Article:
- Office hours for ministry staff. Again, I had not expected this response, but it does make sense. If someone wants to meet with a pastor or other staff member, he or she is likely to make an appointment rather than drop by during prescribed office hours.
- Land lines. Some churches have done away with them altogether.
Thanks to those who participated in this survey. And now . . . let the discussion begin.
Posted on June 14, 2017
With nearly 40 years of ministry experience, Thom Rainer has spent a lifetime committed to the growth and health of local churches across North America.
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We have a Sunday Evening Service, I wear a jacket (with jeans), we have Sunday School, we still have hymnals available but we project the words, we have a stand and greet time, we had an organ until a year ago…
Is it because the church has become lazy and the Lord has taken another back seat to much of life today. Maybe a lot of things aren’t being done today but it does not mean that weren’t successful. Many of these old ways are still successful today.
As to Sunday Night service, I would include discipleship training. We have no time set aside for “teaching them to do all that I say.” My understanding of Sunday night is to disciple believers. Many new believers do not know what we believe and why we believe it. Thanks for listening to an old timer.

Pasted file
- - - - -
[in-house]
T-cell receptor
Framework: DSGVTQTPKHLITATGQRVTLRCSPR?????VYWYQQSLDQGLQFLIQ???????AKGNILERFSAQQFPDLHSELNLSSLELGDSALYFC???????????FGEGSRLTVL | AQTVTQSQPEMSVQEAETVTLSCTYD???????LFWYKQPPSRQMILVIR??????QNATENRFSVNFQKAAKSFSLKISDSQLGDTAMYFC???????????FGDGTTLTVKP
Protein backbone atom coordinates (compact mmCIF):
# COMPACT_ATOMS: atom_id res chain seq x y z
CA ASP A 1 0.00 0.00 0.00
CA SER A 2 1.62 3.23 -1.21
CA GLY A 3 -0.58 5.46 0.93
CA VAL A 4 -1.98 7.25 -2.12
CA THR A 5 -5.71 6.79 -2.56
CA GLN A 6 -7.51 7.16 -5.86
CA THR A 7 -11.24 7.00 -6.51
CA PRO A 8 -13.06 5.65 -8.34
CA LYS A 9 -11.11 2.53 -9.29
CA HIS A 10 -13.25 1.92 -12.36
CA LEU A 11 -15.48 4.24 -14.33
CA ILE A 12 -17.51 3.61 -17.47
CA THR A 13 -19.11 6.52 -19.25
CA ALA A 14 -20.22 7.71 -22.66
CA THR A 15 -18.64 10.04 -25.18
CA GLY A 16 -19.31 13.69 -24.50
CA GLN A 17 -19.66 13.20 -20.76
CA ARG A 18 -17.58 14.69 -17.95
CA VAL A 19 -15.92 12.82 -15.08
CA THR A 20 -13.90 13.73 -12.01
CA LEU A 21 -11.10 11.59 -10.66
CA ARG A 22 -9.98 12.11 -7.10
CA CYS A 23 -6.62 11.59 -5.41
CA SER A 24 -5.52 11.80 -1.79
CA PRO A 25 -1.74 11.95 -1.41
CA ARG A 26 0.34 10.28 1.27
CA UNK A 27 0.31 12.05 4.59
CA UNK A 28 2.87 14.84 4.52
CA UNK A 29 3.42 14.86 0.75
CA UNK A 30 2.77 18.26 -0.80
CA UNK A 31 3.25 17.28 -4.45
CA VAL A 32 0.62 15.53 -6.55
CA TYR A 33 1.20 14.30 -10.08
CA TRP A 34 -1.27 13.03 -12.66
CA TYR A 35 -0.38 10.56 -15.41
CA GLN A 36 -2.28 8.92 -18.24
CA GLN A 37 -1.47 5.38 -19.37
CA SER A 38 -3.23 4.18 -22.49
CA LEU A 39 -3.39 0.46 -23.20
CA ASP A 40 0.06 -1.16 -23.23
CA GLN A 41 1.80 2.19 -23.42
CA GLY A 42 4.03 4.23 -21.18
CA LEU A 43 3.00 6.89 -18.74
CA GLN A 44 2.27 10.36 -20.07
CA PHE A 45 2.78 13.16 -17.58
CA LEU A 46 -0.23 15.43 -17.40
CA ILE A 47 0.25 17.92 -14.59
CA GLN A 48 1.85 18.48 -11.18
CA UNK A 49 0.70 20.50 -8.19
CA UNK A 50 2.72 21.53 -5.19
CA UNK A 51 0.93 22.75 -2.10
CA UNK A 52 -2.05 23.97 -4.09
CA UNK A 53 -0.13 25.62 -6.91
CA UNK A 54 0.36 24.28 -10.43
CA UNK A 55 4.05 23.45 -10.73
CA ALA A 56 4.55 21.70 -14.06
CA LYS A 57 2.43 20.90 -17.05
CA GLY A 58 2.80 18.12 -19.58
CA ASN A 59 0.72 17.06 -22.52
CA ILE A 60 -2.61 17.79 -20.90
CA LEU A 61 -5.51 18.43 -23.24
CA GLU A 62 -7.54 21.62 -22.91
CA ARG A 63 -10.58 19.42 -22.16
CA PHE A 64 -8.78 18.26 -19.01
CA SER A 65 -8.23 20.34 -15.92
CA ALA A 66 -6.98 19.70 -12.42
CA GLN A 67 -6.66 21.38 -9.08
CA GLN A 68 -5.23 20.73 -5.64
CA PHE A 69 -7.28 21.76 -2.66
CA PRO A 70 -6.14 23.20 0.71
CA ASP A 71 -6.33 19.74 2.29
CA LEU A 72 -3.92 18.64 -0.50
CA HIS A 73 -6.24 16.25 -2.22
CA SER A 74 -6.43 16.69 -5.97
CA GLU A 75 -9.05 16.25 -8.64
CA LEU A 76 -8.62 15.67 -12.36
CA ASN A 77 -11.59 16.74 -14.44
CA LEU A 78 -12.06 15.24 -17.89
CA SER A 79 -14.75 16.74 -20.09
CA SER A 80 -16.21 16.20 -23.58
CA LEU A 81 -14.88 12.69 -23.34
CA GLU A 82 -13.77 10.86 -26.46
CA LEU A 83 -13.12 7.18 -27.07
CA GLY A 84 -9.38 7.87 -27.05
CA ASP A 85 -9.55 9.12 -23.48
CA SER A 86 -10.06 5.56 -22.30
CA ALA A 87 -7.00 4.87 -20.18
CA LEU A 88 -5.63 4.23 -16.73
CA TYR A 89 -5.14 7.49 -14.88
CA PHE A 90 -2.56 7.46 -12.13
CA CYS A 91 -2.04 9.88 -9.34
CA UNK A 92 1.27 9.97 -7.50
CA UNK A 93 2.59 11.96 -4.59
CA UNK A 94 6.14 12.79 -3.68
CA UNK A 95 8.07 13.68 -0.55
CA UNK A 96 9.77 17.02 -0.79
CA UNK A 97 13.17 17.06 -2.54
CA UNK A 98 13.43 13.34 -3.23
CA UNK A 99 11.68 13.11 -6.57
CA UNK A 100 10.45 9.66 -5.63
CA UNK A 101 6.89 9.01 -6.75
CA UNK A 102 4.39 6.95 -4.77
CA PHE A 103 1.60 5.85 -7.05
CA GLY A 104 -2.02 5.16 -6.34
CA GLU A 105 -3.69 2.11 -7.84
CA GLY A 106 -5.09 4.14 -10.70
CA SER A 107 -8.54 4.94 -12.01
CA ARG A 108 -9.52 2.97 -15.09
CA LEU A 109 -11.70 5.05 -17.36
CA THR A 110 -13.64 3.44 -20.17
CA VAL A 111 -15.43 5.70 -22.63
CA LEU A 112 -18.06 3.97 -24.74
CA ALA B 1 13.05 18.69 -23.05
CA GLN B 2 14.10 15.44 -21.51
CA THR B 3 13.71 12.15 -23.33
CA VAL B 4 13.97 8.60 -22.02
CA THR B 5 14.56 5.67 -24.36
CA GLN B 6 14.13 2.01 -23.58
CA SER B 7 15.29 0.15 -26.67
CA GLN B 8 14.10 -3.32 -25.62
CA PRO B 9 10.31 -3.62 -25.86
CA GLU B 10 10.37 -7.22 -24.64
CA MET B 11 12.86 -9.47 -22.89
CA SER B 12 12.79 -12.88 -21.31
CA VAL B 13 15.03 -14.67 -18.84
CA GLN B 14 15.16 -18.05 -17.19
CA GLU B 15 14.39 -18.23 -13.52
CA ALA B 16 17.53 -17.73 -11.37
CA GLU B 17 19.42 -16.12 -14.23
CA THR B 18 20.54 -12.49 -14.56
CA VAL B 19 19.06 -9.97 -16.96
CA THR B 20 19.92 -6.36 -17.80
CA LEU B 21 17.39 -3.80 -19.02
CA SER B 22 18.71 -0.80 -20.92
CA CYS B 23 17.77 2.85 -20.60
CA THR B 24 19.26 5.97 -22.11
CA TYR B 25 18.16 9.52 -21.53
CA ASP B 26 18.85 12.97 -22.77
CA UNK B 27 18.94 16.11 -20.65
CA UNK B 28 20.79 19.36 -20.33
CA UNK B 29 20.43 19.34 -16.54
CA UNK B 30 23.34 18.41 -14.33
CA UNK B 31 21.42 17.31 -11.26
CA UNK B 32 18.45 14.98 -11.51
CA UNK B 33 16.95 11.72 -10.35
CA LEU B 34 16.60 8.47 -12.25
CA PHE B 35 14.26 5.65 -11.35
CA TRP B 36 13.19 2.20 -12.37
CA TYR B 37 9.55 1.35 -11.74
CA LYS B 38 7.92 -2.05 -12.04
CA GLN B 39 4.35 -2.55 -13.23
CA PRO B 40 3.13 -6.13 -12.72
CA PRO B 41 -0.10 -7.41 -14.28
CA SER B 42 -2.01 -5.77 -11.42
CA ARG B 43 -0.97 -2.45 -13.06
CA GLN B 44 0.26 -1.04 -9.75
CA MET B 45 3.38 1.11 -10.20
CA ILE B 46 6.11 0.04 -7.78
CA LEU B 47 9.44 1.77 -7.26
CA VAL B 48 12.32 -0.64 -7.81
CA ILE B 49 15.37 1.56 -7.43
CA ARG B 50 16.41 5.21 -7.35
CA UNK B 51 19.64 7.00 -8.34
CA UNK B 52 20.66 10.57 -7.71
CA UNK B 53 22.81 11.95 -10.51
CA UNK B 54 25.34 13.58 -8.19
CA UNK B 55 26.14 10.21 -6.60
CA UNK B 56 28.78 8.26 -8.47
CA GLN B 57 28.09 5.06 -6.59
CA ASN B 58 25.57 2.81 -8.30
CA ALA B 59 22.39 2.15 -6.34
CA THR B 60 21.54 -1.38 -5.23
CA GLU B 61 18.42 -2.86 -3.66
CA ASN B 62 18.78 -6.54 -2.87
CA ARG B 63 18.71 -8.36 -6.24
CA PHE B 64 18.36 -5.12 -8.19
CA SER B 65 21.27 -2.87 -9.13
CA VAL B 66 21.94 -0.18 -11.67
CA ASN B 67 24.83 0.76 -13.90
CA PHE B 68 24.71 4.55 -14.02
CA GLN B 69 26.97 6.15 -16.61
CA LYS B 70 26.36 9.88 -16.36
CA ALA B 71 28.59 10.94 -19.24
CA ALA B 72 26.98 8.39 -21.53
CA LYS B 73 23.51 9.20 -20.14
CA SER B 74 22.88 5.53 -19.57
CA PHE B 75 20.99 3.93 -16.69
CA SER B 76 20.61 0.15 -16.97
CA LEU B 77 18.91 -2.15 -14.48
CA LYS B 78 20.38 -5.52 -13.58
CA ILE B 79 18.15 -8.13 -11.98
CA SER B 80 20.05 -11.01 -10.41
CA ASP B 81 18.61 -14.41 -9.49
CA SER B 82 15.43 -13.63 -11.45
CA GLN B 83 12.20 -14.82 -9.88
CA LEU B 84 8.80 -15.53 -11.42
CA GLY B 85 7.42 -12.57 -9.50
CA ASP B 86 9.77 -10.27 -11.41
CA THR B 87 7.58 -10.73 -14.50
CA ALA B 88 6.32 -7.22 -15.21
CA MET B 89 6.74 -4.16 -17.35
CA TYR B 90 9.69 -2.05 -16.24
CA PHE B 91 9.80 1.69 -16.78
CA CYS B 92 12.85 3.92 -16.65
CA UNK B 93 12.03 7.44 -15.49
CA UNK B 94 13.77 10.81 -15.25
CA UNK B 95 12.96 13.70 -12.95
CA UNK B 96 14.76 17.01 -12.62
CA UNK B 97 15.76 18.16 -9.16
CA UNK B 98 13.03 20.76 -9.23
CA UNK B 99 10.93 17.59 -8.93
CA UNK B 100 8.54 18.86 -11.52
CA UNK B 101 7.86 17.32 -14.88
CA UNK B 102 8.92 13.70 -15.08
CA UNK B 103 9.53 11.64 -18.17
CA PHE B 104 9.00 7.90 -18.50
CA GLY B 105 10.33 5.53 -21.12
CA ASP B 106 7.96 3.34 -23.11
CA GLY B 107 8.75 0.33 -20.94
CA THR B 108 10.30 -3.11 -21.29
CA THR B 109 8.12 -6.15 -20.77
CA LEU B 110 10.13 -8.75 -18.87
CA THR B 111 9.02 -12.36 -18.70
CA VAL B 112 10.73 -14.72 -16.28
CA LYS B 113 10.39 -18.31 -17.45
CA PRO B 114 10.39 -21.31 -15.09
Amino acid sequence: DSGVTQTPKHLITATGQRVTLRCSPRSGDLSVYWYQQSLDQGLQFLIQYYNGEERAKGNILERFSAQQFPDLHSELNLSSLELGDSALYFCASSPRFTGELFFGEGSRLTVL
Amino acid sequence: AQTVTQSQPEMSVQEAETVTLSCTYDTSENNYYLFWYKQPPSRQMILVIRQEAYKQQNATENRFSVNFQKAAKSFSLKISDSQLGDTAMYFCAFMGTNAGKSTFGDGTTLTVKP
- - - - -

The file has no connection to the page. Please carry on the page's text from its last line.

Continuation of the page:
It seems that most of the 20 are cultural reflections and do not go to the core of biblical truth about the church (although I suppose one could make a tangential point about Wednesday night “fellowship” to Acts 2:42). All twenty items were introduced into the church at some point (with the more general exception of “hymns” – but new hymns have been introduced in every generation). Ten years from now, it will be interesting to see what we are “no longer doing” that seem so important to be relevant in 2017. My guess of things that will be trending down (and disappearing) within ten years: church worship areas without windows, fog and light worship shows, pastors preaching from little round tables and printed bulletins/worship folders… Anyone else want to take a guess of other church culture trends that will be on their way out in ten years?
I am so glad to see church business meetings fading away. As a life long baptist, some of my worst memories of church are those tension filled, argumentative meetings.
While I can understand the desire to do away with Business meetings because of the contentions, but what do you do with most churches are to follow Robert’s Rules of Order? Perhaps the contentiousness is due to shutting down people in other settings, not listening, not asking, not persuading. Perhaps for some this is the only forum they feel they will be listened to. Do just those in power get a say in church matters?
What are other solutions besides shutting down Business meetings?
Like many of your lists, Dr. Thom, this one sparks some interesting responses. Maybe “relics” was a poor semantic choice, but what else would you call it? My favorite is the organ – ours is beautiful! It is a wonderful storage facility. Because we don’t like it? Because it’s a relic? Nope. Because no one can play it. At the risk using humor in a setting like this, do you know what the difference is between an organ and an onion? No one cries when you cut up an organ:)